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PHUKET: The fact that a dolphinarium is set to become one of Phuket’s newest tourist attractions (story here) comes as terrible news for the island’s reputation abroad, running counter to all of the positive changes we have witnessed in recent months.

Our position on the ethics of keeping sentient creatures like dolphins and other marine mammals in captivity for amusement and financial gain remains unchanged since the last time we addressed the issue in this space (story here).

In 2011, Canadian investor Daniel McDaniel wanted to invest in a similar project in Rawai, but public outcry forced him to reconsider and eventually scrap the project (story here).

Unfortunately, construction of the new dolphinarium is already a fait accompli, and the facility, at least in its current state, appears to be woefully inadequate to serve as a home for even a single dolphin, let alone six of them.

The news of Phuket’s backslide comes not long after India became the world’s fourth country to ban keeping dolphins in captivity. The Indian Ministry of Forests and Environment released its “Policy on establishment of dolphinaria” amid proposals to build marine mammal parks. The Ministry’s called dolphins “highly intelligent and sensitive” creatures and argued that they should be seen as non-human persons with rights.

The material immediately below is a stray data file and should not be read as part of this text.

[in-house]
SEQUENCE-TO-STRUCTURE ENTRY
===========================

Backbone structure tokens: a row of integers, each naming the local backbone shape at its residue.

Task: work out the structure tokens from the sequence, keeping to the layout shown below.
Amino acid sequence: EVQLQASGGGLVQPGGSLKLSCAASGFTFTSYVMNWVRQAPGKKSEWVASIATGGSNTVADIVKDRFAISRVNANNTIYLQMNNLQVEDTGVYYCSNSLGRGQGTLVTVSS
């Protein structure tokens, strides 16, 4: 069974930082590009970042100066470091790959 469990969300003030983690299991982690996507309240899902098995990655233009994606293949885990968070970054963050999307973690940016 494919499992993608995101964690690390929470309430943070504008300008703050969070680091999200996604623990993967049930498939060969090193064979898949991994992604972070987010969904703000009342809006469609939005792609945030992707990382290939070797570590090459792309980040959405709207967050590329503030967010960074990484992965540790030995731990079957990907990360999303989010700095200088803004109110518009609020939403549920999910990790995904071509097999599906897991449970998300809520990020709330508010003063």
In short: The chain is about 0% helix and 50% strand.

Even the United States’ National Aquarium in Baltimore announced earlier this year that it is considering retiring its eight bottlenose dolphins and moving them to an oceanside sanctuary.

Dolphins and other marine mammals kept in captivity suffer from chronic stress and behavioral abnormalities, such as odd repetitive movements, self-mutilation and aggression, Lori Marino, an Emory University neuroscientist and expert on dolphin cognition, explained to National Geographic earlier this year.

But the most disturbing part of the news of Phuket’s proposed dolphiarium is that three of the dolphins were allegedly captured in Japan. In 2009, the documentary The Cove blew the lid off the annual capture and slaughter of wild dolphins by the Japanese in Taiji Cove. Subsequent documentaries like
Blackfish have further exposed the impact captivity has on cetaceans.

Decades ago, performing dolphin shows were typically the only way people could witness these fantastically intelligent creatures, yet the shocking methods of how they are captured and killed remained a well-guarded secret. It is now time that images of dolphins jumping through hoops and doing other tricks for human enjoyment be consigned to the annals of history.

We hope that the Fisheries Department, the National Council for Peace and Order and other relevant agencies will find a way to put a stop to the import of the dolphins reportedly on their way to Phuket as we write this.

We also ask the investors in Phuket’s dolphinarium to reflect on what they are doing, and why. Perhaps a viewing of The Cove would help change their minds and compel them to try to find a more humane use for the facility.